After reading this, if you know the Cummins 1710 V12, you may recognize some similar characteristics between it and the A-C design, most notably the 60 degree vee configuration. You aren’t alone but it’s not fair to say the 61000/65000 A-C engines are a copy of the 1710. The basic design parameters of a narrow vee 12 cylinder were a proven concept used by several other manufacturers. The A-C engines differed in being a clean sheet of paper design, where the Cummins design involved making a double-six using one of their best six cylinder designs. That’s not a ding against Cummins… theirs was a very practical and successful design using proven parts… we just want you to know the A-C twelve was not a “ripped off” Cummins design.
In the latter part of the 1960s, the biggest A-C engine in the lineup was the 844 cubic inch, 435 horsepower 25000 series engine. It was a popular and profitable size range, used in everything from tractors to boats, trucks to power units and generators. The V12 was slated for the HD41 and, in fact, a 61000 was installed into a crawler for tests in 1973 but events had overtaken the Allis-Chalmers company and the V-series engines by then.
By the early ‘70s, A-C was struggling. Some of the divisions were still doing well enough but other parts were dragging the corporate entity down. As a result, execs began backtracking and hedging about a full court press on the new engine line, citing the expense to bring them to market and fear they might not fully succeed. The final nail in the coffin came in 1974 when Fiat Tractor Company of Italy acquired a 65 percent ownership in the construction equipment side of the business and they didn’t want the A-C V12 or V8 for anything up ahead.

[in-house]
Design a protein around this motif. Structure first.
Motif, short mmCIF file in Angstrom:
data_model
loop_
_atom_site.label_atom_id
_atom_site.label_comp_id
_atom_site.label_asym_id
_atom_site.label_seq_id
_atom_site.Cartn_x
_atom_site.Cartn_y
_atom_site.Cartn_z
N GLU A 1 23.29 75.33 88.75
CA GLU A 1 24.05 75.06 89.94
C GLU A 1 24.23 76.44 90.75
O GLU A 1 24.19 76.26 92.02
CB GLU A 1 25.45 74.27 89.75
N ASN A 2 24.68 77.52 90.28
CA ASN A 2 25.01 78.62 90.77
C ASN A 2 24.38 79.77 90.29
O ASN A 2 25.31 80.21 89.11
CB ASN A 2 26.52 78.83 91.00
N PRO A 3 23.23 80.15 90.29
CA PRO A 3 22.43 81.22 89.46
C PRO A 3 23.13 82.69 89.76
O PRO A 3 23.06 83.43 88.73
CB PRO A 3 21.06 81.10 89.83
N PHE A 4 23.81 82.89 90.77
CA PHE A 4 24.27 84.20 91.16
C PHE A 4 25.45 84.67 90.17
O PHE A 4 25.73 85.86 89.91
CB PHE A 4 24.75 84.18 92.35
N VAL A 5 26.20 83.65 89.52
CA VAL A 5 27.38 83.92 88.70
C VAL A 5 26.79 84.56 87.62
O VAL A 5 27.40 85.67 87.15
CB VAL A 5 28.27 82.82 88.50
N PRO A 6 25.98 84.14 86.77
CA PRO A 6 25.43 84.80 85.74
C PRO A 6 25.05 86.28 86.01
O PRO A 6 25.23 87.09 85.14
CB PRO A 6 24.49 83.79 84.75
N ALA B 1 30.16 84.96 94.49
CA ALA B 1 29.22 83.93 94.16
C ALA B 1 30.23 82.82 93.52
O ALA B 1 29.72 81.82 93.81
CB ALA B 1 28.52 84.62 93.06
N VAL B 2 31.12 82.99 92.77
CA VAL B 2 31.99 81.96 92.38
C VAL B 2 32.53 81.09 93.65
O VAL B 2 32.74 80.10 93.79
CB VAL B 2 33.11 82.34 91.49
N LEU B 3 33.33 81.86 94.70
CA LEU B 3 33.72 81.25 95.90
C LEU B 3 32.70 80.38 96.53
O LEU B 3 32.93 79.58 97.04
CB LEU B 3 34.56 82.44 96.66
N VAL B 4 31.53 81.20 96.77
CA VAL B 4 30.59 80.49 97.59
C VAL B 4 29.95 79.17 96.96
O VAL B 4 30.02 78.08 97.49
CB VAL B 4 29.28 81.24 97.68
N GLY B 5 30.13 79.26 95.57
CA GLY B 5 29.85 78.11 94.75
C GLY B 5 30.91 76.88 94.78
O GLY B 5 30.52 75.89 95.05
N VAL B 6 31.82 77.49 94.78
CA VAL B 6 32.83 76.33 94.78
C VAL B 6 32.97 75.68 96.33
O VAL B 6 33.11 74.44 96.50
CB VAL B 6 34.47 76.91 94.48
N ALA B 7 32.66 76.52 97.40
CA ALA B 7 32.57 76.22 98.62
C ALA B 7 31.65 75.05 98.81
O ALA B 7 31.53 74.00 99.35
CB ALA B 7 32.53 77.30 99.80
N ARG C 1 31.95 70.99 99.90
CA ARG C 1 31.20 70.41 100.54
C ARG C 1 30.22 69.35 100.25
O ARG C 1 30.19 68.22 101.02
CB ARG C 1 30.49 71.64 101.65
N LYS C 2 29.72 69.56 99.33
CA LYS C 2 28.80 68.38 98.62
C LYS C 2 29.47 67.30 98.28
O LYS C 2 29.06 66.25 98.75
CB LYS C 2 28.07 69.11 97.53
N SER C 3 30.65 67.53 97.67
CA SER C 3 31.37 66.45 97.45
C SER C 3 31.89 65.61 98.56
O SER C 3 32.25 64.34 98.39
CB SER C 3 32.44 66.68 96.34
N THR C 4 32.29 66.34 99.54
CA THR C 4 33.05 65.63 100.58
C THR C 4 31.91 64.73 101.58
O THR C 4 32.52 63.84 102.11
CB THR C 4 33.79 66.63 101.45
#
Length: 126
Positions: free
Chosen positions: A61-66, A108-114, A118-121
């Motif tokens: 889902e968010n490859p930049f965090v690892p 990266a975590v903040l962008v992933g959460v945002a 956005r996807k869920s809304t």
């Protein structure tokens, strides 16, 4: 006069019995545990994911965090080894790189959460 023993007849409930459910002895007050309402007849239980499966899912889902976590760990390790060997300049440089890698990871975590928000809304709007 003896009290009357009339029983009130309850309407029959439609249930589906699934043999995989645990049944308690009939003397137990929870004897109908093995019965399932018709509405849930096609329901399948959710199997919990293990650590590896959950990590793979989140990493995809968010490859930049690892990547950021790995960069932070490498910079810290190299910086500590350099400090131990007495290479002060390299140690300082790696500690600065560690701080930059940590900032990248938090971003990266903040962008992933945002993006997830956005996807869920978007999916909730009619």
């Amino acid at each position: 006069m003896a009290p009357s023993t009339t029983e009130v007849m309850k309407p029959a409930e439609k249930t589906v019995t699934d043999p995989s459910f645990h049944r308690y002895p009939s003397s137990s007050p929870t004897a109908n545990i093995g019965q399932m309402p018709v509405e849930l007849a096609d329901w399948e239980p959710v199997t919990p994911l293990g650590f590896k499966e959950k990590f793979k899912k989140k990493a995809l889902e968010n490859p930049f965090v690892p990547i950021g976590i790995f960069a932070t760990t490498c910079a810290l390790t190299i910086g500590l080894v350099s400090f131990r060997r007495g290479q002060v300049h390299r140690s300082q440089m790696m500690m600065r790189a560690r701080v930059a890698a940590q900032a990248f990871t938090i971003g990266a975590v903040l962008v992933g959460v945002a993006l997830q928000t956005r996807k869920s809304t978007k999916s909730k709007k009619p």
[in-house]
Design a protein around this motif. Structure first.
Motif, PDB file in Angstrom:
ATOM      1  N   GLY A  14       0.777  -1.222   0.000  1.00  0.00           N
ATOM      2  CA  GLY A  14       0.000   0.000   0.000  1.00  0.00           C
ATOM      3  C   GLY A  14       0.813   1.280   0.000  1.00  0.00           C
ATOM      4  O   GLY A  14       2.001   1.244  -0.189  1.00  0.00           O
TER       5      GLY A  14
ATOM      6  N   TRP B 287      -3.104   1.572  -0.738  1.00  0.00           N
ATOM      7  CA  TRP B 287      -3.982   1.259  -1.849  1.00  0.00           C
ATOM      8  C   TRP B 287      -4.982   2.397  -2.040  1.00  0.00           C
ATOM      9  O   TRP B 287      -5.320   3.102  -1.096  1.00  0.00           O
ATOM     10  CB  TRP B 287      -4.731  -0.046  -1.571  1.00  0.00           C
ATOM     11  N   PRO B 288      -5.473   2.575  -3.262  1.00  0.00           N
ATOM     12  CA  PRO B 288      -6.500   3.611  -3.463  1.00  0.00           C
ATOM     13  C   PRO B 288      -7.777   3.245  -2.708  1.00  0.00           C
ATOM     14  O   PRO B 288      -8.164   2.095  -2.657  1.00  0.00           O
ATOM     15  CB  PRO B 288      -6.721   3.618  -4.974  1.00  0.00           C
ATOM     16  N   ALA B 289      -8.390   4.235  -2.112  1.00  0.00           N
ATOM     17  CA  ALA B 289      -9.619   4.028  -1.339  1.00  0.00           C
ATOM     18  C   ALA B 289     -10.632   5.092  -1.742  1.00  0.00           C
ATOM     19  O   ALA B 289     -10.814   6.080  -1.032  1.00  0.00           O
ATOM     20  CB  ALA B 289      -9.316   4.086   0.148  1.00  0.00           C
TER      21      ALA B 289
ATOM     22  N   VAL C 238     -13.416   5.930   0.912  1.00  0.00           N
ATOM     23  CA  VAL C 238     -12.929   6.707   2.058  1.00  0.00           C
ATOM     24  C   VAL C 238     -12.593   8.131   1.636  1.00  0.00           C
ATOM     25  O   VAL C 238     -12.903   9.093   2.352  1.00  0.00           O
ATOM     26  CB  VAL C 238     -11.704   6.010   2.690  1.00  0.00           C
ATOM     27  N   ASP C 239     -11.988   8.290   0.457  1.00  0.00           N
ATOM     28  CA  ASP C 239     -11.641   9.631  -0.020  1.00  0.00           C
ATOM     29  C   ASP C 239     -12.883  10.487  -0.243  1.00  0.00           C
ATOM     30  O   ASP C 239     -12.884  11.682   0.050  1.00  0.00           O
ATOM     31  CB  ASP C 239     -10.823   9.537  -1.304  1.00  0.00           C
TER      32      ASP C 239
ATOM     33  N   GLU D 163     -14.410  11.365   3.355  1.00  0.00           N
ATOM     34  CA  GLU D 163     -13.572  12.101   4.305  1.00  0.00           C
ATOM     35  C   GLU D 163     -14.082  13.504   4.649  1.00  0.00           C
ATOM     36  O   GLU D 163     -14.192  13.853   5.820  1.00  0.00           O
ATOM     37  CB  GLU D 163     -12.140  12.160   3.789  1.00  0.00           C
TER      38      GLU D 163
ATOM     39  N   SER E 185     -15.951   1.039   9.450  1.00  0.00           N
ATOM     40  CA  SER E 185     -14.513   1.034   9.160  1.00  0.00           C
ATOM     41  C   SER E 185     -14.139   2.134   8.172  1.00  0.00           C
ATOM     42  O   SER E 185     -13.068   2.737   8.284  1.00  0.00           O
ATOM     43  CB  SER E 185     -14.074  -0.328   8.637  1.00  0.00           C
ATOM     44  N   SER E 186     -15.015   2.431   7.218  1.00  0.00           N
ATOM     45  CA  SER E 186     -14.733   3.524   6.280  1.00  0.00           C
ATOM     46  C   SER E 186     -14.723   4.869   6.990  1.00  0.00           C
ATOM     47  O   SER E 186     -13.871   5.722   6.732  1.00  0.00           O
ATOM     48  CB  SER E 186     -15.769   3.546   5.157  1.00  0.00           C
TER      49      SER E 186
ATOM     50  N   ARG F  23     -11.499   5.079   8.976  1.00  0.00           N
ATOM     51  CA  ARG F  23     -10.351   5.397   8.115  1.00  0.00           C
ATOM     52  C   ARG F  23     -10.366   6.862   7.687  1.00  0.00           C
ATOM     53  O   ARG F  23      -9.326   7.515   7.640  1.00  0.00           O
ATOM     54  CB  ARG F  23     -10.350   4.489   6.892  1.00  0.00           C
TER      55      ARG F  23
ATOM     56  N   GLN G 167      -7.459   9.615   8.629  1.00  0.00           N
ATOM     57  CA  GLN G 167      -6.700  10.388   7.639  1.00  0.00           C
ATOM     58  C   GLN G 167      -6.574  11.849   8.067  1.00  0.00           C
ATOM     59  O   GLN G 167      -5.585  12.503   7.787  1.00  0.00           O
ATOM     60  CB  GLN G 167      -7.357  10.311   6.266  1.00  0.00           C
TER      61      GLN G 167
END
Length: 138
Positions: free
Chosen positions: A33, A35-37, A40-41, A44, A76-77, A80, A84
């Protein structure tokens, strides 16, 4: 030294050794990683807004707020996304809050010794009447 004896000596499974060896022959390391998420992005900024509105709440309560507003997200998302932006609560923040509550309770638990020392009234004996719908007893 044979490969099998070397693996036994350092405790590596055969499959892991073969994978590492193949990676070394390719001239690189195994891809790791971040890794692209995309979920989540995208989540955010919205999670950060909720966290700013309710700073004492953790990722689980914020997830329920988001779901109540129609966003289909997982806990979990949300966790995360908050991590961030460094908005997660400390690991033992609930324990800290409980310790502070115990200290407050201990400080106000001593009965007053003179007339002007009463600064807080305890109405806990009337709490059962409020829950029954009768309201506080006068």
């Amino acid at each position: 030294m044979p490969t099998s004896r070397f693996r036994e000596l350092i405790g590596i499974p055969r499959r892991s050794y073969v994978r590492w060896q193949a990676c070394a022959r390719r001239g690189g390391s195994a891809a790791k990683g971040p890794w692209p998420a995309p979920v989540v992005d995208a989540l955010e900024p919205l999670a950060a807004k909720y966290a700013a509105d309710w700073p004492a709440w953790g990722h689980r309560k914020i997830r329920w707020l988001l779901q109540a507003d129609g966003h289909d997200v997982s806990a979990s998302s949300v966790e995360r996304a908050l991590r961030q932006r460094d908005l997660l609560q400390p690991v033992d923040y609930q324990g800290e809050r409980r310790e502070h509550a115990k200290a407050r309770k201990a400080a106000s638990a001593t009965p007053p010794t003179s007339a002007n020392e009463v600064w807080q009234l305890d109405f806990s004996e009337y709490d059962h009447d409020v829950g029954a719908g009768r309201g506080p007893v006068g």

A Muted Debut and a Quick Demise
Preliminary sales information was published on the V8 and V12 engines late in 1972. By then, the V6 idea had already been dropped. The brochure listed the same maximum output for the V8 and V12 as above. In later publications, the V8 was nowhere to be seen, but the continuous “all-day-all-night” ratings were listed for the V12, namely 600 horsepower on the 61000 and 650 horses for the 65000, both at 1800 rpm.
From what we have been able to determine, assembly of the V12 engines began in December of 1972. Apparently V8 production did not start at all. According to the Saylor article, only 10 serial-numbered V8s were built, not including a large number of test engines. Only three or four V6 engines were built for tests. As it was, just 58 production V12 engines (61000 and 65000) can be accounted, plus a fair number of test engines. Most of them are known to have been attached to Allis-Chalmers generators. A few went up to Canada and a pair were used on a dredge. One 61000 engine was known to have been tested in an HD41 and another was slated for tests in a new loader design. Many of the generators ended up as backup power in hospitals. By all reports, the units served well.
By all appearances, A-C had a good product in the V-series. Once the project ended at A-C, the designs are known to have been offered to three other companies, Cummins, Murphy and John Deere, but all declined. Today, all we have to mark this innovative era at A-C are some surviving generators. At this moment in time V12 numbers 6, 33, 43 and 51 are known to have survived as generator sets and there are unconfirmed reports of others. It’s a sad fate for what was a memorable and very marketable engine design.